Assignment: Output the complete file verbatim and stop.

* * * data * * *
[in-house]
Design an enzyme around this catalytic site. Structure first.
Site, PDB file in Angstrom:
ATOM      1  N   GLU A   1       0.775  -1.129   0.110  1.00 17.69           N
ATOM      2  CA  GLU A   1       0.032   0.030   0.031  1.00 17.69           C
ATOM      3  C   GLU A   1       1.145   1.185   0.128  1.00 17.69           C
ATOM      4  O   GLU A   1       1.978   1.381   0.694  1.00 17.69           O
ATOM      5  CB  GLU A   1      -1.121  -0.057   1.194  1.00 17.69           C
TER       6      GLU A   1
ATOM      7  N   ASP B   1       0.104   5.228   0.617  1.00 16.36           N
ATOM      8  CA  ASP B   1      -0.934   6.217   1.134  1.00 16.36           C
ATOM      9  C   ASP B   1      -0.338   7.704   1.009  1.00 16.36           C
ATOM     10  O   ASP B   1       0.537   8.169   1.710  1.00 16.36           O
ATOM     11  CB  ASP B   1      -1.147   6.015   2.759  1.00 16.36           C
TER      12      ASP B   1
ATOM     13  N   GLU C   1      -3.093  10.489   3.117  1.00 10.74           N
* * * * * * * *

[in-house]
Design an enzyme around this catalytic site. Structure first.
Site, PDB file in Angstrom:
ATOM      1  N   GLU A   1       0.775  -1.129   0.110  1.00 17.69           N
ATOM      2  CA  GLU A   1       0.032   0.030   0.031  1.00 17.69           C
ATOM      3  C   GLU A   1       1.145   1.185   0.128  1.00 17.69           C
ATOM      4  O   GLU A   1       1.978   1.381   0.694  1.00 17.69           O
ATOM      5  CB  GLU A   1      -1.121  -0.057   1.194  1.00 17.69           C
TER       6      GLU A   1
ATOM      7  N   ASP B   1       0.104   5.228   0.617  1.00 16.36           N
ATOM      8  CA  ASP B   1      -0.934   6.217   1.134  1.00 16.36           C
ATOM      9  C   ASP B   1      -0.338   7.704   1.009  1.00 16.36           C
ATOM     10  O   ASP B   1       0.537   8.169   1.710  1.00 16.36           O
ATOM     11  CB  ASP B   1      -1.147   6.015   2.759  1.00 16.36           C
TER      12      ASP B   1
ATOM     13  N   GLU C   1      -3.093  10.489   3.117  1.00 10.74           N